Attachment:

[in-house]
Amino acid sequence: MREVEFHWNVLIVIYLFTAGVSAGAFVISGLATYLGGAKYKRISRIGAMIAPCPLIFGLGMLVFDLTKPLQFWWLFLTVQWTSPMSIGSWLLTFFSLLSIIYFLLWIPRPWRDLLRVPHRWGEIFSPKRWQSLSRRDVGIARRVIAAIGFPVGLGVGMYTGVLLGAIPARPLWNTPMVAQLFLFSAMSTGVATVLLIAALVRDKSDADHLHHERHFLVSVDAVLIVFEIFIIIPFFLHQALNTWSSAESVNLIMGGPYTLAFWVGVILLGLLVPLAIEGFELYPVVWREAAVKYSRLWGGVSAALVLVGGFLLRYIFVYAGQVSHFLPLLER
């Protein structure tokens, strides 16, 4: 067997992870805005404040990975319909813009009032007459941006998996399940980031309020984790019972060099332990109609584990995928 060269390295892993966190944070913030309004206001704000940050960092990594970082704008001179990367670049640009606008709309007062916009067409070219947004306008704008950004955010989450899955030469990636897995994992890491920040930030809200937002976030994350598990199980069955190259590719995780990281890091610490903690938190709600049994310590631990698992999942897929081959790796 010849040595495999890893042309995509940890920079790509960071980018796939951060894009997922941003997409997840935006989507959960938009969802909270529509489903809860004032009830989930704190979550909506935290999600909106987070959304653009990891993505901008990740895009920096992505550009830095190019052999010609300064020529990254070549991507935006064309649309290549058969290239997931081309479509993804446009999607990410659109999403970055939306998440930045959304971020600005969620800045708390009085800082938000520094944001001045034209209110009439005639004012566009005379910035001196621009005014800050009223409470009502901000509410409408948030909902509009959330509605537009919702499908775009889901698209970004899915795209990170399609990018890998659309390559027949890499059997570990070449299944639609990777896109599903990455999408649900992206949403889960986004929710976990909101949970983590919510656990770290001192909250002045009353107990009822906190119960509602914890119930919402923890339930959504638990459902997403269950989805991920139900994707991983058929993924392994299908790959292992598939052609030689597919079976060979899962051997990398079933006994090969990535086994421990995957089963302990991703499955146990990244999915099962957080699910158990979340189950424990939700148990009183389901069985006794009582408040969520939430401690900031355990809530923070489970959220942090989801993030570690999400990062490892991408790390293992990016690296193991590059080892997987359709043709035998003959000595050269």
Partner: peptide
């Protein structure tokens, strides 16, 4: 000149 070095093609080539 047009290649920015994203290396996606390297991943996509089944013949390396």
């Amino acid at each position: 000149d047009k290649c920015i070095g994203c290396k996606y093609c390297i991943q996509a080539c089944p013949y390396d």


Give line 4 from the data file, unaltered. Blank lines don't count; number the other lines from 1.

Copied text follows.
Partner: peptide